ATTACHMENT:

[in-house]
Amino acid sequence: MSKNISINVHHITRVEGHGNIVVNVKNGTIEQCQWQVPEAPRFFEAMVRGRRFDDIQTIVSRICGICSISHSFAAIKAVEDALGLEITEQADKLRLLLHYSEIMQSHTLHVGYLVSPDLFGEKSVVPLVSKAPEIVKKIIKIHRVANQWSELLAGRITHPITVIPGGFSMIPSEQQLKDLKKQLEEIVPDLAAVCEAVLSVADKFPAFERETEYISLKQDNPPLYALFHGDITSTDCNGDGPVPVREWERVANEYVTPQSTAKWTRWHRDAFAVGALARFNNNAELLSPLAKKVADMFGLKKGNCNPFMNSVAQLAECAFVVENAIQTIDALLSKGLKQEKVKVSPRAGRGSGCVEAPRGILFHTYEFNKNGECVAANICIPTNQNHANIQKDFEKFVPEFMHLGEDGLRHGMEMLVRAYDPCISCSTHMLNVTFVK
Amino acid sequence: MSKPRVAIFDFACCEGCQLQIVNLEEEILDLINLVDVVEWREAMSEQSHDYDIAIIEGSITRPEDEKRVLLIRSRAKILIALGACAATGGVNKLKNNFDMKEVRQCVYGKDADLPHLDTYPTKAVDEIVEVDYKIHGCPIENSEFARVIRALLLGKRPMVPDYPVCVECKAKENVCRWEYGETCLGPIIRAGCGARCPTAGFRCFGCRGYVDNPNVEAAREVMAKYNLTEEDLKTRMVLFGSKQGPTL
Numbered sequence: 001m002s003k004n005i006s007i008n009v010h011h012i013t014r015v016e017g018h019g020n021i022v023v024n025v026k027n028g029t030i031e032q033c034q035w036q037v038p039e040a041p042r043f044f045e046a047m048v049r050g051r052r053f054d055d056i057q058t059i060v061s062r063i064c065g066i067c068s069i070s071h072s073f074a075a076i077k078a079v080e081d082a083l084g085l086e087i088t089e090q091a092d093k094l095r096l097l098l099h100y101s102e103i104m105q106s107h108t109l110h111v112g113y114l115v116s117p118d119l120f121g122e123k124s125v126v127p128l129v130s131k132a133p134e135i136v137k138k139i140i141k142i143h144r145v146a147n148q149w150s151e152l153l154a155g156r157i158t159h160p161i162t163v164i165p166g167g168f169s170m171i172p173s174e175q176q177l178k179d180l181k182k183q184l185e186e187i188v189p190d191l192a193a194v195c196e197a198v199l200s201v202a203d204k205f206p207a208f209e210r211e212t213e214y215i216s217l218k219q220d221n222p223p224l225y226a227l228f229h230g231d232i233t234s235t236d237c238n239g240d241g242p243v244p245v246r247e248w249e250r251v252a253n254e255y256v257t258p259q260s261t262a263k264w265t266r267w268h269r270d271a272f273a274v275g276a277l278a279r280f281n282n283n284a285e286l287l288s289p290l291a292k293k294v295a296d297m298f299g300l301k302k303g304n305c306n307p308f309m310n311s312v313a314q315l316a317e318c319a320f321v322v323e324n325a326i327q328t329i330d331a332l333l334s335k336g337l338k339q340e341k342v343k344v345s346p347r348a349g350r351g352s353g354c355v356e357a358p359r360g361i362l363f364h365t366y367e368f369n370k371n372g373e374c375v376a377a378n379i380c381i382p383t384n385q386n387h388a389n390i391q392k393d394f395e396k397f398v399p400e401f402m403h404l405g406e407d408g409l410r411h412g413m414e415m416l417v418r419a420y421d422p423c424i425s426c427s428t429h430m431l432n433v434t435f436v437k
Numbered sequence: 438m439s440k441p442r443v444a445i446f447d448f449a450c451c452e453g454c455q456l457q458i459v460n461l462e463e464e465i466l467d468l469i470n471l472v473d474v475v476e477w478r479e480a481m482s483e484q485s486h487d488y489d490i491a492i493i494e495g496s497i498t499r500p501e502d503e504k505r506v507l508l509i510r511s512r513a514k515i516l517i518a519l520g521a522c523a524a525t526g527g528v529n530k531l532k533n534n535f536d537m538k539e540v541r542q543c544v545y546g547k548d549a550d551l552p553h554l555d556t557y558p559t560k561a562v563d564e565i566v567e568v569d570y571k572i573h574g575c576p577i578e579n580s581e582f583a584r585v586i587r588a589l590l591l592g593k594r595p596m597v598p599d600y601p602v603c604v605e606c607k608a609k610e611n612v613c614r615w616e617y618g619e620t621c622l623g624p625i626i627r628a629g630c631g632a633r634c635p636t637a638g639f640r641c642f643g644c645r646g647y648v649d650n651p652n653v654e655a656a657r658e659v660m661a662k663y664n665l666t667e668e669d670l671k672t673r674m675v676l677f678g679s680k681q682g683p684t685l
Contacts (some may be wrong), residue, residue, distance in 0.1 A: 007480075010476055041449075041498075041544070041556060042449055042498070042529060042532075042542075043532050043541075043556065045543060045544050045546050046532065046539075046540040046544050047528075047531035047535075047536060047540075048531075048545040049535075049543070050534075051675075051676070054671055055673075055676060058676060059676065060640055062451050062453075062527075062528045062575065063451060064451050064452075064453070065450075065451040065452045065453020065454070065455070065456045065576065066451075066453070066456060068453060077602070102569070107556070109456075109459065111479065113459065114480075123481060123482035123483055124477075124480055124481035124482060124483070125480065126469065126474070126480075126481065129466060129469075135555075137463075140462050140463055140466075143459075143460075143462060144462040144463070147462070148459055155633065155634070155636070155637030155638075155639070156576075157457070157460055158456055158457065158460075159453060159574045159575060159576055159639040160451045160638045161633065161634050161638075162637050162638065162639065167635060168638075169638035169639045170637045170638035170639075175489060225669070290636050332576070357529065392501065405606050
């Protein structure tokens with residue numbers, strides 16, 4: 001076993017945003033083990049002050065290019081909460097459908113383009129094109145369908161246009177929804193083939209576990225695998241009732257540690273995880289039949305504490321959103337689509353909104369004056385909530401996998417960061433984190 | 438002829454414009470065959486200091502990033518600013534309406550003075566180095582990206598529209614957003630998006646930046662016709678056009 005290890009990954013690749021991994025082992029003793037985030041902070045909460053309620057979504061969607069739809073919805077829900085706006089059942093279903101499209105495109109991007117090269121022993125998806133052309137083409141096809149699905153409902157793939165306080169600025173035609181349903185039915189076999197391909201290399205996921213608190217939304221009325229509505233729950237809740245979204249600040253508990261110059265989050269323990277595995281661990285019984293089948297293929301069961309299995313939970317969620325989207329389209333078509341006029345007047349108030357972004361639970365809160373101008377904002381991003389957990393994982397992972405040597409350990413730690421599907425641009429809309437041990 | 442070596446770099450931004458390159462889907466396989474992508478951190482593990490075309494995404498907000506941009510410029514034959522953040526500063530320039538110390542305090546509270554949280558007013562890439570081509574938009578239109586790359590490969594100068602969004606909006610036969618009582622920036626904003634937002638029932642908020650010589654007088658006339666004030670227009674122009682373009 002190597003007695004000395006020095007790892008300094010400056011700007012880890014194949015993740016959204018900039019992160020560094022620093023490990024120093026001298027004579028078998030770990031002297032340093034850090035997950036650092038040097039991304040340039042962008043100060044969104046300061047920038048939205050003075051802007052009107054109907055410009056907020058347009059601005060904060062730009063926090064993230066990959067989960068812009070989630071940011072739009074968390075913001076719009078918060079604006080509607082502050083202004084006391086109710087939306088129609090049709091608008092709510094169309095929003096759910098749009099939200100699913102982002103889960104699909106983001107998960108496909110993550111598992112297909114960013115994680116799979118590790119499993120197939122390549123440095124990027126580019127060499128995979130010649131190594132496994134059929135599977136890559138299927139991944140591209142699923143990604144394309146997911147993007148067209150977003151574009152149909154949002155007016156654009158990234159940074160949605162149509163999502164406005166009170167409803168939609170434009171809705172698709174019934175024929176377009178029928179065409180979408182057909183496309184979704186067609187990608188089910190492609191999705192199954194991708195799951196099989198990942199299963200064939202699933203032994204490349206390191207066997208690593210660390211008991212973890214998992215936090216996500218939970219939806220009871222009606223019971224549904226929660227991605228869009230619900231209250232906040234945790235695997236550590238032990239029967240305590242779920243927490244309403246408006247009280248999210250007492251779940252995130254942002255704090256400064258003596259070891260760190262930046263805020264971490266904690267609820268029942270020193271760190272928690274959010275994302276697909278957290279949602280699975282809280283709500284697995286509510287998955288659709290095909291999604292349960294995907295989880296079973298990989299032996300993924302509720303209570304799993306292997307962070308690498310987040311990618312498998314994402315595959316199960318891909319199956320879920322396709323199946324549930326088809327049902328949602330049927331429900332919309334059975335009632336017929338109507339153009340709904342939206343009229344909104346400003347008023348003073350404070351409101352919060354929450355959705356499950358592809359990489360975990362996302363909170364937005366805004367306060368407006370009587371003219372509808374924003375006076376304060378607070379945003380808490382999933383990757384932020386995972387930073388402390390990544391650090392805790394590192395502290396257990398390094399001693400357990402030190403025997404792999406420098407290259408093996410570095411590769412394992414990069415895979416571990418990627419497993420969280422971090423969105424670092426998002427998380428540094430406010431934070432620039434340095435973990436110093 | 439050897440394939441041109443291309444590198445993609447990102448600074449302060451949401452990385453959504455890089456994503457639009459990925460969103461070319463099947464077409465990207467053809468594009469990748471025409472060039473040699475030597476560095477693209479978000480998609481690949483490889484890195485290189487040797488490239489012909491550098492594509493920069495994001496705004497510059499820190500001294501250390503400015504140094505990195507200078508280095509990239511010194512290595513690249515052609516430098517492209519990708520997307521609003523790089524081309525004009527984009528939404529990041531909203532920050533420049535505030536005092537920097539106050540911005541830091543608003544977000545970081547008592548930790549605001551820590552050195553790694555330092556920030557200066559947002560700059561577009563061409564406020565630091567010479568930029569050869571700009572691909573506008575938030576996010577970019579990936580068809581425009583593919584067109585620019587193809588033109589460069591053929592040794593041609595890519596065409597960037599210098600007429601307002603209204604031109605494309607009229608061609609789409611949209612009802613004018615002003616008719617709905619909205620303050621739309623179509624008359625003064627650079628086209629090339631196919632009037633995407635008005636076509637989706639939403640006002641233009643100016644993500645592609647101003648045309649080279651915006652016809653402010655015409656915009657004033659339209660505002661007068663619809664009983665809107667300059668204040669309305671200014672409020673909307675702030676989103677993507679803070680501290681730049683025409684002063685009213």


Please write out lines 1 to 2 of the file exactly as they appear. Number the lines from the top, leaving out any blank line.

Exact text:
[in-house]
Amino acid sequence: MSKNISINVHHITRVEGHGNIVVNVKNGTIEQCQWQVPEAPRFFEAMVRGRRFDDIQTIVSRICGICSISHSFAAIKAVEDALGLEITEQADKLRLLLHYSEIMQSHTLHVGYLVSPDLFGEKSVVPLVSKAPEIVKKIIKIHRVANQWSELLAGRITHPITVIPGGFSMIPSEQQLKDLKKQLEEIVPDLAAVCEAVLSVADKFPAFERETEYISLKQDNPPLYALFHGDITSTDCNGDGPVPVREWERVANEYVTPQSTAKWTRWHRDAFAVGALARFNNNAELLSPLAKKVADMFGLKKGNCNPFMNSVAQLAECAFVVENAIQTIDALLSKGLKQEKVKVSPRAGRGSGCVEAPRGILFHTYEFNKNGECVAANICIPTNQNHANIQKDFEKFVPEFMHLGEDGLRHGMEMLVRAYDPCISCSTHMLNVTFVK